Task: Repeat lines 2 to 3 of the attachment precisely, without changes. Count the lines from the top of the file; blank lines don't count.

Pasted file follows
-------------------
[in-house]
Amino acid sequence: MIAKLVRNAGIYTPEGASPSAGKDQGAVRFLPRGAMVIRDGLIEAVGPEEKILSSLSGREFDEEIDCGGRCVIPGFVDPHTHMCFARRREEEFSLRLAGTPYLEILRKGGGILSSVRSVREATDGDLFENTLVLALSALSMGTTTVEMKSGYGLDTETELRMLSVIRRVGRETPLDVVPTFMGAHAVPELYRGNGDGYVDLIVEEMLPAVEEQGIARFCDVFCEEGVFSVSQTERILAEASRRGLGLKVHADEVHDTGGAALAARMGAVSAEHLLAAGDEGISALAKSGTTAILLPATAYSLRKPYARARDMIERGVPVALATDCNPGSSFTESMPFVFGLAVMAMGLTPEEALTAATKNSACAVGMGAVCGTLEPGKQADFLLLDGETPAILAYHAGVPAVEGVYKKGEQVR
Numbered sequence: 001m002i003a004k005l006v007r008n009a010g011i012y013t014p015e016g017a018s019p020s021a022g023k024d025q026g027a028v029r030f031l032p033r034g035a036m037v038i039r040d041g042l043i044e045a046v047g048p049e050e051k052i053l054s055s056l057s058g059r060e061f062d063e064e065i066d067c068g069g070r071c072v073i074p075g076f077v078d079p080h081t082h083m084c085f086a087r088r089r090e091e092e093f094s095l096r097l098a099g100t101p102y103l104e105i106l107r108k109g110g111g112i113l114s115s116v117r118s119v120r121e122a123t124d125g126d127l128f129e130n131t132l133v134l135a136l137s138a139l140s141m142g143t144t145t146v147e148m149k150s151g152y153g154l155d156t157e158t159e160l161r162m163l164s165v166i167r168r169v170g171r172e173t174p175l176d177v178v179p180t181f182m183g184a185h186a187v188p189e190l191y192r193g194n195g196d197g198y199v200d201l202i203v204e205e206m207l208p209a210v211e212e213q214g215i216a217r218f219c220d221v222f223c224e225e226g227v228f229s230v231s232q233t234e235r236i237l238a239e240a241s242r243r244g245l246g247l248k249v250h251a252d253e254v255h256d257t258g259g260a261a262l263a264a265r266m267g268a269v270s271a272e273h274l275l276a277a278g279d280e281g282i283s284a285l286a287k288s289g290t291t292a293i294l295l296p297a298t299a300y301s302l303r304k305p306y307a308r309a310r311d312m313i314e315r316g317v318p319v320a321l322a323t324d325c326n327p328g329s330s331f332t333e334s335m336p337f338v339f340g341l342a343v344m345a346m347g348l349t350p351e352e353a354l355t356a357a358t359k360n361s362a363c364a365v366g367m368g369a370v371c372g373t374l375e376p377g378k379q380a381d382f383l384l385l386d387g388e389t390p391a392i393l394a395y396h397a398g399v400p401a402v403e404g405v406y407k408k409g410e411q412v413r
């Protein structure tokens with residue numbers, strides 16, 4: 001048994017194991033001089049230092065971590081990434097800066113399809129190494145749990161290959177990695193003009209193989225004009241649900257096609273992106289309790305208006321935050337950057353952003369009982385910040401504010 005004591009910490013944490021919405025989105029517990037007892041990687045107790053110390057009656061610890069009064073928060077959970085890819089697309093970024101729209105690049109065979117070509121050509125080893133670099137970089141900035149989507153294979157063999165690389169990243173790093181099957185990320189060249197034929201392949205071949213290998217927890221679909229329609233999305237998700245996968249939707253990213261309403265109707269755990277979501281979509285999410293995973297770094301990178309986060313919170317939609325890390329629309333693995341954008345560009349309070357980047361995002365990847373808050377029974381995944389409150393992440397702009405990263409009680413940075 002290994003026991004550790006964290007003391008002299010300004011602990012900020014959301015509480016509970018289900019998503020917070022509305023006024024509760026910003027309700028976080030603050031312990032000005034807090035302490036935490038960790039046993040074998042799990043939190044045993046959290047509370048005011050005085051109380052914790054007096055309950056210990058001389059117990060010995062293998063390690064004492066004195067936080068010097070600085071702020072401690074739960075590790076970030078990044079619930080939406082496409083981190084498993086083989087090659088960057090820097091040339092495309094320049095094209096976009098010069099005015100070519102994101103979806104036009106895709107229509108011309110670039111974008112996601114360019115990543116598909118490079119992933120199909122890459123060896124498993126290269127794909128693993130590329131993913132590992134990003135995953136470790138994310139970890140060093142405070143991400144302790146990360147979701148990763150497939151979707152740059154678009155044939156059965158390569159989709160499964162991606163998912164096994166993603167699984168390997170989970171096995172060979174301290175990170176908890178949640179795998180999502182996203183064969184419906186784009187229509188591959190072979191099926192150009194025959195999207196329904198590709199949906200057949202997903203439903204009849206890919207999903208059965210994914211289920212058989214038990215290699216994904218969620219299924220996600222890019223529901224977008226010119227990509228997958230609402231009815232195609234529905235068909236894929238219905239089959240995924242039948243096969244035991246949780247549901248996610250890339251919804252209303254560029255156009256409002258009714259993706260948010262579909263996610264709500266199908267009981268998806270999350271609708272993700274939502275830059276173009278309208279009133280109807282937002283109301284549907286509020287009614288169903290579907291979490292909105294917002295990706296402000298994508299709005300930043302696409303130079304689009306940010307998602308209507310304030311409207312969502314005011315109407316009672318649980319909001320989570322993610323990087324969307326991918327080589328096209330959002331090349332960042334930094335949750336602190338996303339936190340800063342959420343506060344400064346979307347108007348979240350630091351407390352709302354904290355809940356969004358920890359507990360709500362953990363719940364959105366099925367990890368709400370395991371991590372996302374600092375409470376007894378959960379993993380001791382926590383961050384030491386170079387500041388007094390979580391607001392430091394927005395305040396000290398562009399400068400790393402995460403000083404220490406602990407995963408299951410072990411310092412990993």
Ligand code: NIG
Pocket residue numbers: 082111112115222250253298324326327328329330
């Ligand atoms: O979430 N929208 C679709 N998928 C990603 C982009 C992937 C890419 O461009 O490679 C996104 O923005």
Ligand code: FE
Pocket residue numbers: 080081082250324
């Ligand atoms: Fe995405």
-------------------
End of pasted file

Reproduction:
Amino acid sequence: MIAKLVRNAGIYTPEGASPSAGKDQGAVRFLPRGAMVIRDGLIEAVGPEEKILSSLSGREFDEEIDCGGRCVIPGFVDPHTHMCFARRREEEFSLRLAGTPYLEILRKGGGILSSVRSVREATDGDLFENTLVLALSALSMGTTTVEMKSGYGLDTETELRMLSVIRRVGRETPLDVVPTFMGAHAVPELYRGNGDGYVDLIVEEMLPAVEEQGIARFCDVFCEEGVFSVSQTERILAEASRRGLGLKVHADEVHDTGGAALAARMGAVSAEHLLAAGDEGISALAKSGTTAILLPATAYSLRKPYARARDMIERGVPVALATDCNPGSSFTESMPFVFGLAVMAMGLTPEEALTAATKNSACAVGMGAVCGTLEPGKQADFLLLDGETPAILAYHAGVPAVEGVYKKGEQVR
Numbered sequence: 001m002i003a004k005l006v007r008n009a010g011i012y013t014p015e016g017a018s019p020s021a022g023k024d025q026g027a028v029r030f031l032p033r034g035a036m037v038i039r040d041g042l043i044e045a046v047g048p049e050e051k052i053l054s055s056l057s058g059r060e061f062d063e064e065i066d067c068g069g070r071c072v073i074p075g076f077v078d079p080h081t082h083m084c085f086a087r088r089r090e091e092e093f094s095l096r097l098a099g100t101p102y103l104e105i106l107r108k109g110g111g112i113l114s115s116v117r118s119v120r121e122a123t124d125g126d127l128f129e130n131t132l133v134l135a136l137s138a139l140s141m142g143t144t145t146v147e148m149k150s151g152y153g154l155d156t157e158t159e160l161r162m163l164s165v166i167r168r169v170g171r172e173t174p175l176d177v178v179p180t181f182m183g184a185h186a187v188p189e190l191y192r193g194n195g196d197g198y199v200d201l202i203v204e205e206m207l208p209a210v211e212e213q214g215i216a217r218f219c220d221v222f223c224e225e226g227v228f229s230v231s232q233t234e235r236i237l238a239e240a241s242r243r244g245l246g247l248k249v250h251a252d253e254v255h256d257t258g259g260a261a262l263a264a265r266m267g268a269v270s271a272e273h274l275l276a277a278g279d280e281g282i283s284a285l286a287k288s289g290t291t292a293i294l295l296p297a298t299a300y301s302l303r304k305p306y307a308r309a310r311d312m313i314e315r316g317v318p319v320a321l322a323t324d325c326n327p328g329s330s331f332t333e334s335m336p337f338v339f340g341l342a343v344m345a346m347g348l349t350p351e352e353a354l355t356a357a358t359k360n361s362a363c364a365v366g367m368g369a370v371c372g373t374l375e376p377g378k379q380a381d382f383l384l385l386d387g388e389t390p391a392i393l394a395y396h397a398g399v400p401a402v403e404g405v406y407k408k409g410e411q412v413r